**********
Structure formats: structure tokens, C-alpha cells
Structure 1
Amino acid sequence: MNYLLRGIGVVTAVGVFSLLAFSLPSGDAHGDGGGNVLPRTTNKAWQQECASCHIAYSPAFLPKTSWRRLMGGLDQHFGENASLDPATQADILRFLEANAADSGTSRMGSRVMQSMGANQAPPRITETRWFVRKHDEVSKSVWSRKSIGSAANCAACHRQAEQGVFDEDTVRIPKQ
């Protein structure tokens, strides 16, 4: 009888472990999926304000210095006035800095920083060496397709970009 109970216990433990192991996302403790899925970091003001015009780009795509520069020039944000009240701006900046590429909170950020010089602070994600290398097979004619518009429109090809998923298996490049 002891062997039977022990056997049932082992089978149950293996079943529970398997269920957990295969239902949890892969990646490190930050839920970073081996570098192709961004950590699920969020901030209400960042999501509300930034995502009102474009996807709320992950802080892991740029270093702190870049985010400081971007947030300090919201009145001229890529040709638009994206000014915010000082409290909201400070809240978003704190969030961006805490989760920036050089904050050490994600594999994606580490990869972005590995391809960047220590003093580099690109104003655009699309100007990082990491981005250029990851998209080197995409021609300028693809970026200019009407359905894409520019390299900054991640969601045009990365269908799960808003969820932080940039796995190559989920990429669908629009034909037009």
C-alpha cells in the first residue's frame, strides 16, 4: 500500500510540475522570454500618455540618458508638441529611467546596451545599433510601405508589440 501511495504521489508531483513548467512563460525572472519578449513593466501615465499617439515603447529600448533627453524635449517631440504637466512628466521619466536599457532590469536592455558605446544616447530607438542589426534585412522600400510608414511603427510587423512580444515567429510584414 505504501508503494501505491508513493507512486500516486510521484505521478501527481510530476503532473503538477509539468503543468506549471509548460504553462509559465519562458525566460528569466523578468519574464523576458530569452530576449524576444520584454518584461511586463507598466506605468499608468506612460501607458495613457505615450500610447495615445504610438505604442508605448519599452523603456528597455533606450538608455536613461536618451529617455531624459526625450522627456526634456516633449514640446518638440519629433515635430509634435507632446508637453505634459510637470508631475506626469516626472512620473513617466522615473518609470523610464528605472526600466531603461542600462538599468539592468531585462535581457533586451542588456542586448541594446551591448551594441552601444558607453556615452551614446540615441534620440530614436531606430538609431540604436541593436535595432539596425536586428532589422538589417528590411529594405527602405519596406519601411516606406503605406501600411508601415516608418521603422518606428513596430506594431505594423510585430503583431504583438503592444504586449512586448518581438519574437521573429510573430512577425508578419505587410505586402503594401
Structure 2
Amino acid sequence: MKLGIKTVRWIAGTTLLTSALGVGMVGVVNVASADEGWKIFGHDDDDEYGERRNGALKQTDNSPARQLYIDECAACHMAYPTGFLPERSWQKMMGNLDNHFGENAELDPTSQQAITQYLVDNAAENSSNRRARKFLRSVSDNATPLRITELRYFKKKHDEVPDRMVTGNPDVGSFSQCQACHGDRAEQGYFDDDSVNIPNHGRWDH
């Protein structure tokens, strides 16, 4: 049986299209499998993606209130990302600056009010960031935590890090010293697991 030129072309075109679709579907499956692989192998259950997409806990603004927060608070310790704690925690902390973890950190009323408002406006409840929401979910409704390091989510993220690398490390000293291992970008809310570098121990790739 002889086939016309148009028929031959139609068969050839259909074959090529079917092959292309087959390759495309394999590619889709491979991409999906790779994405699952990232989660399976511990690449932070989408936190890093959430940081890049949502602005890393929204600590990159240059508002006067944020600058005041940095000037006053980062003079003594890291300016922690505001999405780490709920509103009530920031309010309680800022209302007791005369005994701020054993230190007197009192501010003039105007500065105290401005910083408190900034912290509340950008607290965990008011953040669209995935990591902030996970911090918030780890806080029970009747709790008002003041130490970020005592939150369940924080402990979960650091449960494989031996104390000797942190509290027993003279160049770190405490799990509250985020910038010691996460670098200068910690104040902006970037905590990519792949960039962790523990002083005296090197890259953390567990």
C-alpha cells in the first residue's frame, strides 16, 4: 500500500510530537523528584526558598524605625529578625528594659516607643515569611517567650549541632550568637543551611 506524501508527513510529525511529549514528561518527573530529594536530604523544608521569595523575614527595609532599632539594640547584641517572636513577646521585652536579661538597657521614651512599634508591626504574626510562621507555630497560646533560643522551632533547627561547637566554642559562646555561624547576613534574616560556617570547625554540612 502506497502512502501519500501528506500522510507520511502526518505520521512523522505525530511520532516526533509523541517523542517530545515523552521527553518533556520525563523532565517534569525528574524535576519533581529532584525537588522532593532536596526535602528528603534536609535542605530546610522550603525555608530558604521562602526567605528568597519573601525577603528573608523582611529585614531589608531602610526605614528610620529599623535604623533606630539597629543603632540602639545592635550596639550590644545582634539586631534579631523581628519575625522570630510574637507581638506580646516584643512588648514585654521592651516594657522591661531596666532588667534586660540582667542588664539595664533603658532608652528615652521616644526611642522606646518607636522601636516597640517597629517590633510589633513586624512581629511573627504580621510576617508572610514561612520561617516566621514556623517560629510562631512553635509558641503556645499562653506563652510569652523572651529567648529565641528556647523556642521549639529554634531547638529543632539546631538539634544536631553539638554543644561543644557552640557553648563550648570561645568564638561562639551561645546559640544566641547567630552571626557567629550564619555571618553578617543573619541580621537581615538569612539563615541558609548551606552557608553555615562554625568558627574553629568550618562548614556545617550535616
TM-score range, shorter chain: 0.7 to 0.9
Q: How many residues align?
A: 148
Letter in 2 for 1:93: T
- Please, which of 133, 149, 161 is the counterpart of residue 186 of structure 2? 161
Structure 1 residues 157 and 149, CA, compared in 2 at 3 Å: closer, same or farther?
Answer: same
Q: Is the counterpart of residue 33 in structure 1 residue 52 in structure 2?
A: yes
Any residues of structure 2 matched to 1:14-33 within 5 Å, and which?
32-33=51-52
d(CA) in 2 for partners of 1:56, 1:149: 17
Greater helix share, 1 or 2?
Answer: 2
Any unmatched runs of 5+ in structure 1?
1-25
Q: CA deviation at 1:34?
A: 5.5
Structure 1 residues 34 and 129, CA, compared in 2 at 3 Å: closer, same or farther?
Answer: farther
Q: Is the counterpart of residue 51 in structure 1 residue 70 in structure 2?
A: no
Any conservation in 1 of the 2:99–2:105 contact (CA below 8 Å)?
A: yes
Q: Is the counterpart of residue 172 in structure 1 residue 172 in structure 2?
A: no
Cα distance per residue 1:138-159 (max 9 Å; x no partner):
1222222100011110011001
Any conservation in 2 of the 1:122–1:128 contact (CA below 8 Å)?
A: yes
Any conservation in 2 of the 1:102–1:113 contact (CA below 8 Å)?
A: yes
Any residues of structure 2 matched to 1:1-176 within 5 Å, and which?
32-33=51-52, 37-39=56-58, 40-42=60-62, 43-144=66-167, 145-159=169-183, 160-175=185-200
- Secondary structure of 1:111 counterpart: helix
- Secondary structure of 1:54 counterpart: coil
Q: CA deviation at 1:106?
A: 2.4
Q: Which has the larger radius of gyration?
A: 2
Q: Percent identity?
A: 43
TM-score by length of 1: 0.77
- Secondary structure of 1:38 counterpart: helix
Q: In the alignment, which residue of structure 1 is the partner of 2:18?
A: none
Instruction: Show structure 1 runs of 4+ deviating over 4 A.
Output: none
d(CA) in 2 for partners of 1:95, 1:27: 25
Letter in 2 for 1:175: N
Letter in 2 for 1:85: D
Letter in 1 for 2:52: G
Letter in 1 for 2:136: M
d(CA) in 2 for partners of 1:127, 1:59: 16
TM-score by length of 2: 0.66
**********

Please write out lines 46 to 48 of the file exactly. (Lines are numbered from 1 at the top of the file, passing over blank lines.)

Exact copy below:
Q: CA deviation at 1:106?
A: 2.4
Q: Which has the larger radius of gyration?